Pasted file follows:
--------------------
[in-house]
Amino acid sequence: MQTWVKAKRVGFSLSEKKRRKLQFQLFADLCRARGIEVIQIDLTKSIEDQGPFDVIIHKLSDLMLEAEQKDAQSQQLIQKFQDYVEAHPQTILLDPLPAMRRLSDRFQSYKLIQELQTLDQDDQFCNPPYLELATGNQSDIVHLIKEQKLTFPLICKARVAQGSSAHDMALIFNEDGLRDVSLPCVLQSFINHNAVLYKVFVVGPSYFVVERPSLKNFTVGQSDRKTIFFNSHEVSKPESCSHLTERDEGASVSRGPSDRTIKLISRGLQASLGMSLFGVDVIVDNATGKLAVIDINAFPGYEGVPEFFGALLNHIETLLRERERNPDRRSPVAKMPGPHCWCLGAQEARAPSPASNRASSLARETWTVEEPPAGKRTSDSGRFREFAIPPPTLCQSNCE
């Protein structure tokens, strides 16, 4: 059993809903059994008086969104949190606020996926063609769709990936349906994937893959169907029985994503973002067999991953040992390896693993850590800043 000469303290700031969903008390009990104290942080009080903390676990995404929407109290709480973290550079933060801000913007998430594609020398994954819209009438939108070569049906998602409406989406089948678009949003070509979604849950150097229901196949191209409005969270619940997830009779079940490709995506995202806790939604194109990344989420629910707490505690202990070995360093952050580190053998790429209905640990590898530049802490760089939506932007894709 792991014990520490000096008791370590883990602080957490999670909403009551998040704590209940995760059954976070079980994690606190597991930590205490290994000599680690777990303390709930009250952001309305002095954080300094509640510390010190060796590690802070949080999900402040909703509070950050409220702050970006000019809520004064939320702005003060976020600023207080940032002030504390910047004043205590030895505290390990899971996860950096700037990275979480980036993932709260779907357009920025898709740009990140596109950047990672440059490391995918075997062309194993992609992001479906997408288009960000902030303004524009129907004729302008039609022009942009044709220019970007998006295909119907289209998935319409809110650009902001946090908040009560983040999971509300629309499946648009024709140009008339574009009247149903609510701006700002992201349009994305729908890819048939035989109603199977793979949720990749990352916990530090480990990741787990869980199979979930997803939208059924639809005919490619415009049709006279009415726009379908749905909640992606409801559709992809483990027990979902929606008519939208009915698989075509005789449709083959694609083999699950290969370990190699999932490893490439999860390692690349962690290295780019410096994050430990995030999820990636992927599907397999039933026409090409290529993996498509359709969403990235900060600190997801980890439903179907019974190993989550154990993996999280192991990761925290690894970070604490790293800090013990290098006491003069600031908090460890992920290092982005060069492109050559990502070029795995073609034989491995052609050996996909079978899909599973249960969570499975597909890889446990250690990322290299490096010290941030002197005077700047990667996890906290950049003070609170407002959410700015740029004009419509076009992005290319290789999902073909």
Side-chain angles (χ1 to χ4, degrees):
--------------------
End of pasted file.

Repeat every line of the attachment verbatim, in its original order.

[in-house]
Amino acid sequence: MQTWVKAKRVGFSLSEKKRRKLQFQLFADLCRARGIEVIQIDLTKSIEDQGPFDVIIHKLSDLMLEAEQKDAQSQQLIQKFQDYVEAHPQTILLDPLPAMRRLSDRFQSYKLIQELQTLDQDDQFCNPPYLELATGNQSDIVHLIKEQKLTFPLICKARVAQGSSAHDMALIFNEDGLRDVSLPCVLQSFINHNAVLYKVFVVGPSYFVVERPSLKNFTVGQSDRKTIFFNSHEVSKPESCSHLTERDEGASVSRGPSDRTIKLISRGLQASLGMSLFGVDVIVDNATGKLAVIDINAFPGYEGVPEFFGALLNHIETLLRERERNPDRRSPVAKMPGPHCWCLGAQEARAPSPASNRASSLARETWTVEEPPAGKRTSDSGRFREFAIPPPTLCQSNCE
């Protein structure tokens, strides 16, 4: 059993809903059994008086969104949190606020996926063609769709990936349906994937893959169907029985994503973002067999991953040992390896693993850590800043 000469303290700031969903008390009990104290942080009080903390676990995404929407109290709480973290550079933060801000913007998430594609020398994954819209009438939108070569049906998602409406989406089948678009949003070509979604849950150097229901196949191209409005969270619940997830009779079940490709995506995202806790939604194109990344989420629910707490505690202990070995360093952050580190053998790429209905640990590898530049802490760089939506932007894709 792991014990520490000096008791370590883990602080957490999670909403009551998040704590209940995760059954976070079980994690606190597991930590205490290994000599680690777990303390709930009250952001309305002095954080300094509640510390010190060796590690802070949080999900402040909703509070950050409220702050970006000019809520004064939320702005003060976020600023207080940032002030504390910047004043205590030895505290390990899971996860950096700037990275979480980036993932709260779907357009920025898709740009990140596109950047990672440059490391995918075997062309194993992609992001479906997408288009960000902030303004524009129907004729302008039609022009942009044709220019970007998006295909119907289209998935319409809110650009902001946090908040009560983040999971509300629309499946648009024709140009008339574009009247149903609510701006700002992201349009994305729908890819048939035989109603199977793979949720990749990352916990530090480990990741787990869980199979979930997803939208059924639809005919490619415009049709006279009415726009379908749905909640992606409801559709992809483990027990979902929606008519939208009915698989075509005789449709083959694609083999699950290969370990190699999932490893490439999860390692690349962690290295780019410096994050430990995030999820990636992927599907397999039933026409090409290529993996498509359709969403990235900060600190997801980890439903179907019974190993989550154990993996999280192991990761925290690894970070604490790293800090013990290098006491003069600031908090460890992920290092982005060069492109050559990502070029795995073609034989491995052609050996996909079978899909599973249960969570499975597909890889446990250690990322290299490096010290941030002197005077700047990667996890906290950049003070609170407002959410700015740029004009419509076009992005290319290789999902073909």
Side-chain angles (χ1 to χ4, degrees):